If you haven’t already noticed (perhaps due to lack of sleep), sleep research is kind of a big deal these days.
Hundreds of studies, thousands of test subjects, and millions of dollars have been poured into the science of sleep over the past decade, and with good reason: Americans are terrible sleepers and we don’t like it very much—as evidenced by the 25% of Americans who take sleep aids every year. In this week’s New Yorker, Elizabeth Kolbert’s “Up All Night” traces the history of our modern—and troubled—relationship with sleep, discovering that more than half of American adults “experience a sleep problem almost every night, and nearly two-thirds complain that they are not getting enough rest during the week.” More likely than not, you are nodding off at your desk right about now.
Kolbert’s article only touches briefly on the potential of the “fatigue management” industry, but the new field could mean big bucks for research in the not-too-distant future. A study published last month in the Journal of Applied Psychology found the startling evidence that even a single night of interrupted slumber can have a dramatic effect on job performance, and perhaps more importantly, an employee’s ability to enjoy working.
The study monitored week-long sleep patterns of 87 participants followed by a detailed interview about job satisfaction and organizational behavior. The results: Just one hour of sleep loss resulted in an average 8% decline in job satisfaction and a 14% reduction in behaviors that most employers would consider above and beyond the typical call of duty. In other words, that always-gives-100% rock star only expended a ho-hum 86% of his typical energy (and had an attitude problem, to boot).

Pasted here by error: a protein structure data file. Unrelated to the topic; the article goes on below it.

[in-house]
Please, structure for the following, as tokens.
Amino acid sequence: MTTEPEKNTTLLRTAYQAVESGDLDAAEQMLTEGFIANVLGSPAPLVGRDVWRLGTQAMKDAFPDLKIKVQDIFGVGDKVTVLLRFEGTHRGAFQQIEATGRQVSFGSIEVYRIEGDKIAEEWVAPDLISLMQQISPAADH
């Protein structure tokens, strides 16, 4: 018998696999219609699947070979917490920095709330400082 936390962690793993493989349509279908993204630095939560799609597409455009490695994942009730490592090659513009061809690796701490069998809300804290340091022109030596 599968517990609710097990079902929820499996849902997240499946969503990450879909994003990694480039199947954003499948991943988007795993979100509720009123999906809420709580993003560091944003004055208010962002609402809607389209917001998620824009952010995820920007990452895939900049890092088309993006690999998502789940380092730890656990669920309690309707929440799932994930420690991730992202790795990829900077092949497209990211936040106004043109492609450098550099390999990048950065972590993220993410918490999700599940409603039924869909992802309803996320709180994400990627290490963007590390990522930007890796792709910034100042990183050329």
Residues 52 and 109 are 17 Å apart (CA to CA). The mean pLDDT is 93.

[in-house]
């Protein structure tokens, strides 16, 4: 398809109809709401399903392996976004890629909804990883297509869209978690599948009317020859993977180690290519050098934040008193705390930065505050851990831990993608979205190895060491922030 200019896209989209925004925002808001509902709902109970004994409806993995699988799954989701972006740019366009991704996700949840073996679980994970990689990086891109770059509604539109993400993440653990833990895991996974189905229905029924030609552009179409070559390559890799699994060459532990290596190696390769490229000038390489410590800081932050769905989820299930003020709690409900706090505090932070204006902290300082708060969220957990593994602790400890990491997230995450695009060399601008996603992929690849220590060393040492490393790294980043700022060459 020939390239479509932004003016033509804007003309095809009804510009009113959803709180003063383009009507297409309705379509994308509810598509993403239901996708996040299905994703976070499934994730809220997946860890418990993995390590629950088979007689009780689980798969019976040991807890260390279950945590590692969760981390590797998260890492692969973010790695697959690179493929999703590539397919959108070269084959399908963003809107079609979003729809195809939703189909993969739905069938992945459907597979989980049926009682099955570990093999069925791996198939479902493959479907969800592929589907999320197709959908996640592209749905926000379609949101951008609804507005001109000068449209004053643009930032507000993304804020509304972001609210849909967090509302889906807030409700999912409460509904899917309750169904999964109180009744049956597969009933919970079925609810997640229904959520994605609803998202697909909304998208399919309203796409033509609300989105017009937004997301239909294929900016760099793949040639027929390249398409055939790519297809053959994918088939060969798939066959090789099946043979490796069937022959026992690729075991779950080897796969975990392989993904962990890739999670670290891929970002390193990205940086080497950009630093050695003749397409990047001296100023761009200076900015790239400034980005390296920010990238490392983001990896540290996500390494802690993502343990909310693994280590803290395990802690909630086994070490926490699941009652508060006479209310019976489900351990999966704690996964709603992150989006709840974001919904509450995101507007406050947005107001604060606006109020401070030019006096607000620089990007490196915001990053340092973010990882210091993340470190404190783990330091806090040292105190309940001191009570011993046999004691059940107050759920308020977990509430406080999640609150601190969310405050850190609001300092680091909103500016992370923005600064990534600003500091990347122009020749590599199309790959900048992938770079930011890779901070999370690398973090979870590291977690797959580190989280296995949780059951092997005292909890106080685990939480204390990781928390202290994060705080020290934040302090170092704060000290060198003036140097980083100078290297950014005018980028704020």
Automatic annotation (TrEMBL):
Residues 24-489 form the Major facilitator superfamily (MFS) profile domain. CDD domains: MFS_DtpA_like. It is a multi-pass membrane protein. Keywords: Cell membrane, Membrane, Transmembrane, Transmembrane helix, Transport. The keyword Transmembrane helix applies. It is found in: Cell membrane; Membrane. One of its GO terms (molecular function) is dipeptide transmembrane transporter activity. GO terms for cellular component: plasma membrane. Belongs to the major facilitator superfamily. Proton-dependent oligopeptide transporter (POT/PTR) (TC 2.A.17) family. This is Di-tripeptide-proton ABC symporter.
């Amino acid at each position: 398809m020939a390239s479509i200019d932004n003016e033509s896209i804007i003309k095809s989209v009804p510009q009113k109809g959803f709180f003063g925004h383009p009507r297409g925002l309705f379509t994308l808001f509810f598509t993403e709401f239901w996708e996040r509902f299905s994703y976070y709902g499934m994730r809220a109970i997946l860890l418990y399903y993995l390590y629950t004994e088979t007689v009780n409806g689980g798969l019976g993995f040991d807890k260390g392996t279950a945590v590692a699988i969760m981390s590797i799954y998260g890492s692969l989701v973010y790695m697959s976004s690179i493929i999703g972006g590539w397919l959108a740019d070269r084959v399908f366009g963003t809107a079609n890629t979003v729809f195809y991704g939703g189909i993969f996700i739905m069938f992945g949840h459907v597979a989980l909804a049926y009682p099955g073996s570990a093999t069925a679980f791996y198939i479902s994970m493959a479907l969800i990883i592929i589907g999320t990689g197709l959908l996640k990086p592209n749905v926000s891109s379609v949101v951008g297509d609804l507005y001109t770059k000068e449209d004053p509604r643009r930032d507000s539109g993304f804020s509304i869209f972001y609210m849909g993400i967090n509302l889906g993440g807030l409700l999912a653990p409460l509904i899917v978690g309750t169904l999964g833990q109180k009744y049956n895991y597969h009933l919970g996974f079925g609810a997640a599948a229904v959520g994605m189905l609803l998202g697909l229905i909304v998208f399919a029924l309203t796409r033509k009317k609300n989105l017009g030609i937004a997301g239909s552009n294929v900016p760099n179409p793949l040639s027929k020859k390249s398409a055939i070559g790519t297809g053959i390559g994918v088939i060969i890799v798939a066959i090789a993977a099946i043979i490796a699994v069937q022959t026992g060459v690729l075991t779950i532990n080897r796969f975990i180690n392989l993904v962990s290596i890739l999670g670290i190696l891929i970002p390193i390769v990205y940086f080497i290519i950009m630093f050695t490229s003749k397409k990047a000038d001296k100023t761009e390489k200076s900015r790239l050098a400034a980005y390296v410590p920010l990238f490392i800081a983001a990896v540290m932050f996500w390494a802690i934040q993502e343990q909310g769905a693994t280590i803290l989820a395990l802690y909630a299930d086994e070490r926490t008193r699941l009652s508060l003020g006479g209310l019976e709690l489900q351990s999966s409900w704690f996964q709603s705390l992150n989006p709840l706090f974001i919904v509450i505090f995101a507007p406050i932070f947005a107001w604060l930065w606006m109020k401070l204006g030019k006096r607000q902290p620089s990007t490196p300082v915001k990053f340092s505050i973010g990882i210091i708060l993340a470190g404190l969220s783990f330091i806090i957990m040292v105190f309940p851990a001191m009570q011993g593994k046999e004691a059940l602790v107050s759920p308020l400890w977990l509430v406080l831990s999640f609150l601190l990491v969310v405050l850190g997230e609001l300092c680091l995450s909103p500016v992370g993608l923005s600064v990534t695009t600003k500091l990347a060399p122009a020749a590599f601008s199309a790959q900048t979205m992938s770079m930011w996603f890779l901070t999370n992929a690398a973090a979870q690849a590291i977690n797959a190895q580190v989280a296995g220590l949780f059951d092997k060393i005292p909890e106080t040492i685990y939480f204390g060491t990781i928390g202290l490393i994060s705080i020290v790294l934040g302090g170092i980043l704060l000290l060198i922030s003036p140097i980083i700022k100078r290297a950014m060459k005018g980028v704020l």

The takeaway here is not the obvious fact that sleep loss affects performance. The big revelation is that minimal variations can have major impact. In one study, participants were limited to 5 hours of sleep per night for a week—reasonable by some standards—and the results were compared to subjects under the effects of alcohol. By the end of the week, test subjects had response-time equivalent to intoxication levels that would put a commercial driver behind bars in all 50 states.
“If you had a couple drinks and showed up at your job, there’s a good chance you would be fired,” said study co-author Christopher Barnes. “But if you show up sleep-deprived, it might have the same effect on your performance, and yet that’s often encouraged.”
The good news is that the effect appears to be cumulative, meaning that those lost hours can be recouped. After that 5-hour/night week of shut-eye, test subjects were able to return to normal with a single 8-hour snooze. Research also shows that micro-napping—as little as 6 minutes—can improve memory and brain function. A few companies began to pick up on this trend back in the free-swinging 2000s, but the movement was small and it focused on employee well-being, not productivity. Only now is the research beginning to make a real argument for the dollars-and-cents of improved sleep patterns.
As liability surrounding work-induced fatigue increased in the 1990s, industries beholden to heavy machinery began to take sleep research very seriously, using several key studies as a basis to implement strict regulations. But despite the recent explosion of solid research, comprehensive studies on the performance effects of sleep deprivation in the white-collar workplace are nearly non-existent.
The first major study to show a measurable effect of fatigue on innovation will undoubtedly send shockwaves through the caffeine-fueled idea factories across America—if only the authors aren't too tired to get around to actually writing it.
[Image: Flickr user Chantel Beam]